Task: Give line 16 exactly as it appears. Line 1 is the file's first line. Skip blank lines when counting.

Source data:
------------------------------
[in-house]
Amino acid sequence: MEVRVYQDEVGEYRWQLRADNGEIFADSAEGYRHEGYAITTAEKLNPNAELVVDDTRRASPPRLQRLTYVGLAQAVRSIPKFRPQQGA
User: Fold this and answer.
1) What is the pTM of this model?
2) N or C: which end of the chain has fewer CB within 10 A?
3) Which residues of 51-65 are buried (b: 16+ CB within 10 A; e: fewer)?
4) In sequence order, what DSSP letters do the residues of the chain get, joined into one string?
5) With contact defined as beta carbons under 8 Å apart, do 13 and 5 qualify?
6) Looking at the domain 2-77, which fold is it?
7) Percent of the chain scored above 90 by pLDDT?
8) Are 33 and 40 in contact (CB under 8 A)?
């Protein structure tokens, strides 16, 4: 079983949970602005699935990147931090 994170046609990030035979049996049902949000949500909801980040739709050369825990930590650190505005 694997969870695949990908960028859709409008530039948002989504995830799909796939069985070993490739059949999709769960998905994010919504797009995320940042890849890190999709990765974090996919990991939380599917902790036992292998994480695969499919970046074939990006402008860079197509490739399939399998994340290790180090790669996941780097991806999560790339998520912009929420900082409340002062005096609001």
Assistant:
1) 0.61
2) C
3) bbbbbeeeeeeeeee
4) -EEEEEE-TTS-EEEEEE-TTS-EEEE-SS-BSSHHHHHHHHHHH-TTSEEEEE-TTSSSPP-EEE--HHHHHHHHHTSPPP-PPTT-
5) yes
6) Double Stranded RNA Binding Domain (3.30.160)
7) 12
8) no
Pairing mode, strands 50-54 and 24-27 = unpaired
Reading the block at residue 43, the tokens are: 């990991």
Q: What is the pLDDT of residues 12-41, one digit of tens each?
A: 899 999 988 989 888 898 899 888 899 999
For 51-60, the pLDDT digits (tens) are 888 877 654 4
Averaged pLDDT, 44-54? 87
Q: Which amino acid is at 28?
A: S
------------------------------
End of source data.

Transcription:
3) bbbbbeeeeeeeeee